Helen Lofton (she/hers)
Age: “Over 40”
Lived here for: 20 years
Originally from: Spokane
Notable: Chef de cuisine at Storia Cucina, golfer, camper, outdoors person
How did you first get into cooking?
I got out of school in Seattle, and I didn’t know what I wanted to do. I ended up taking this random job cooking pizzas and realized that I loved it. Food is a big thing in my family — everyone cooks, everyone loves to cook, so I tend to have that bug. Then I ended up going to culinary school [at Seattle Central] and the rest is history. I was really fortunate to have some really good mentors … They just took me under their wing. As a Black woman in the ’90s it was a rough go, but I was fortunate. The first fine-dining restaurant I worked at was Ponti Seafood Grill in Seattle and Chef Alvin Binuya was really instrumental in helping me fit in. And then I had a sous chef that was a female so I was like, ‘Oh women do excel in this field.’ My goal as a woman of color in this industry is to foster young female chefs as much as possible. I just want to make sure they know that this is a hard job, but it’s pretty rewarding. You get to do what you love.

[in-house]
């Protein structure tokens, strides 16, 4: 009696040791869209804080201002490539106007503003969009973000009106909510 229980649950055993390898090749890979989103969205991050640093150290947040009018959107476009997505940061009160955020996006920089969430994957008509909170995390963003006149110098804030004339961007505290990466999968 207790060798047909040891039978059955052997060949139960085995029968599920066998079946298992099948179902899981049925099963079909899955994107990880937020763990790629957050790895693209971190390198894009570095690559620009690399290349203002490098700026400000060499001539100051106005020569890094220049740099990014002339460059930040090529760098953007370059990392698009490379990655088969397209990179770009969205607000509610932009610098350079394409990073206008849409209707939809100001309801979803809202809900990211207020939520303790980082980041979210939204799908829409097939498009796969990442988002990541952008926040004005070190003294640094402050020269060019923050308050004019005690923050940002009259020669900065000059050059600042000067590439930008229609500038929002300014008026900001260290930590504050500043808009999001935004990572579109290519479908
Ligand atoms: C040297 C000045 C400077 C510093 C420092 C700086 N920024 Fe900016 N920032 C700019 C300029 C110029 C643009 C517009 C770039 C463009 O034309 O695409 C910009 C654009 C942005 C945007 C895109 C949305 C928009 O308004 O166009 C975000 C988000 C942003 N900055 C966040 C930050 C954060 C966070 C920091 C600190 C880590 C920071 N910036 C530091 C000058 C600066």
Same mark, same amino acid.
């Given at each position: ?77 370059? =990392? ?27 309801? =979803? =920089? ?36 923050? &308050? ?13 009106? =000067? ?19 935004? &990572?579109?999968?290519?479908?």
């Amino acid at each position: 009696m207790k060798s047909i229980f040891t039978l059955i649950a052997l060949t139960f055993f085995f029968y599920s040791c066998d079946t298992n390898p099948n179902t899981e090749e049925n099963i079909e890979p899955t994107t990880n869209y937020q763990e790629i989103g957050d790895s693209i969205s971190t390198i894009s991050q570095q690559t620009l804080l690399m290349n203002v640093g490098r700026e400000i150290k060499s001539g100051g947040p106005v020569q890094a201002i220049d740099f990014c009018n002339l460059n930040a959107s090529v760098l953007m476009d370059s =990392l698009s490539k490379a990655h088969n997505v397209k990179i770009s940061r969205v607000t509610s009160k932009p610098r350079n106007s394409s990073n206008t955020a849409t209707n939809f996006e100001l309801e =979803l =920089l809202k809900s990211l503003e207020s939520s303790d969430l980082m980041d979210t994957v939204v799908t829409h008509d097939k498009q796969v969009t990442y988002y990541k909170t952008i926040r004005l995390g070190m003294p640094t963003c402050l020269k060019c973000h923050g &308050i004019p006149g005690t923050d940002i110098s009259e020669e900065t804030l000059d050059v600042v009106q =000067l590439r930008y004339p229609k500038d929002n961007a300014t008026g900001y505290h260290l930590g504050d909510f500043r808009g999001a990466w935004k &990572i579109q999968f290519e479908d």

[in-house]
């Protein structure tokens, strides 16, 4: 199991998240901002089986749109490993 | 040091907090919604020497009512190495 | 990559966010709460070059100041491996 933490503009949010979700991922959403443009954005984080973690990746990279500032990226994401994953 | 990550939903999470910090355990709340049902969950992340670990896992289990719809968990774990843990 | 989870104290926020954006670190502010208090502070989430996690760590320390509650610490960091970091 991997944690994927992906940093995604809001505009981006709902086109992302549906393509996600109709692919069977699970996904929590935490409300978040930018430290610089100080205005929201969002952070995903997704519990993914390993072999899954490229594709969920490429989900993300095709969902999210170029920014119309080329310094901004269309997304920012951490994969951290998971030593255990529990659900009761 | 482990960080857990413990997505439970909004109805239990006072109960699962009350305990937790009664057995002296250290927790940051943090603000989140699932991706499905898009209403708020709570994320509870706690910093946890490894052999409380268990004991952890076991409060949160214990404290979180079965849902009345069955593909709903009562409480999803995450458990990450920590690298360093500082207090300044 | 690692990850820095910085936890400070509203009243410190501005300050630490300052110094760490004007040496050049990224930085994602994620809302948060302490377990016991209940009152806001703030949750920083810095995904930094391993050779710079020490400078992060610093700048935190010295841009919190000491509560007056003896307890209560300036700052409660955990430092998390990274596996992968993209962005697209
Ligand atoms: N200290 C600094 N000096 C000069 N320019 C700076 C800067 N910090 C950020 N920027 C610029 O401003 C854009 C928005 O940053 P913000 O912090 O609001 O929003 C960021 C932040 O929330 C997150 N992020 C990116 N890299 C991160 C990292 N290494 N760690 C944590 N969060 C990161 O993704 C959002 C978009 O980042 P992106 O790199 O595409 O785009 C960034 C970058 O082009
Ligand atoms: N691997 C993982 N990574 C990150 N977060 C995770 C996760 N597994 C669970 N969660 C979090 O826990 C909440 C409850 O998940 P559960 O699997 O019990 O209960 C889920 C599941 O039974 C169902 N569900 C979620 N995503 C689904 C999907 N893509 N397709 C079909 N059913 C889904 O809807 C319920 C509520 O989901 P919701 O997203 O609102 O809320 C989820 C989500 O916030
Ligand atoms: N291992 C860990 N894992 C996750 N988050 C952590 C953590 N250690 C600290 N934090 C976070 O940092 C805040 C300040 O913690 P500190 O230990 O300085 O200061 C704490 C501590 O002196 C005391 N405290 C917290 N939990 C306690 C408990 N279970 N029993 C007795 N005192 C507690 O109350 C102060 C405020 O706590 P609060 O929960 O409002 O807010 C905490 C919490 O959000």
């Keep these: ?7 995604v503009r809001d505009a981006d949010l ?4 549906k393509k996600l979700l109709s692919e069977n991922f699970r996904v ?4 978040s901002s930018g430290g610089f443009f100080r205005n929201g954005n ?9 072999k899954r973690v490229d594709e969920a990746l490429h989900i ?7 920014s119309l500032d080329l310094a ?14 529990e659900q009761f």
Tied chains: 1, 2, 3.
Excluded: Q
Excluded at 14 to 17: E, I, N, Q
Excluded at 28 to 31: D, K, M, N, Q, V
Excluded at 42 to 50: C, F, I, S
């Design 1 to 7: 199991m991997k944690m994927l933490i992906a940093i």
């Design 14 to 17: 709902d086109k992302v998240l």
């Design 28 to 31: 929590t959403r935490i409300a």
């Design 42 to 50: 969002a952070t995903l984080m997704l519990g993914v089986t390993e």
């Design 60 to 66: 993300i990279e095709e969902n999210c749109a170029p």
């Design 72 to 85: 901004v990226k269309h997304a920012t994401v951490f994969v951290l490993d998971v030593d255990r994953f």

When did you start at Storia, and what’s your favorite part about working there?
August of 2021. The team — the people that I work with are phenomenal. There’s two places that I’ve worked for where the team has been as close and caring about each other, and that was Keenan’s at the Pier and here. Everyone here, we just get along. It’s just a great place to work.
Chef Helen Lofton prepares a salad in the kitchen Feb. 23 at Storia Cucina. (Hailey Hoffman/Cascadia Daily News)
Many professional cooks work odd hours. Are you a night owl?
No, I’m here all the time. There’s two types of adrenaline in the kitchen — getting everything ready, that pressure of having things ready at a certain time. And then there’s dinner service, which is always the star of cooking. It is a little hard to juggle both, like today I’m so tired. I just put in a 12-hour day yesterday. I kind of adjusted after COVID to sleeping only six hours a night and trying to enjoy as much of the day as I can, especially as the days get longer there’s more time for golf and work.
Have you ever felt like giving up? If so, what made you keep going?
Yes. There have been times I’m like, ‘This is not worth it.’ It’s usually when I feel I’ve been passed over for a position that I’m qualified for. But in the back of my head, my grandmother used to say, ‘Nothing beats a failure but a try.’ And so I just continue to go. Eventually, it’s gonna work out because the universe just kind of does that. So I just kept truckin’ and here I am in Bellingham running this great operation with some really great people and eating a lot of pasta — and pizza.
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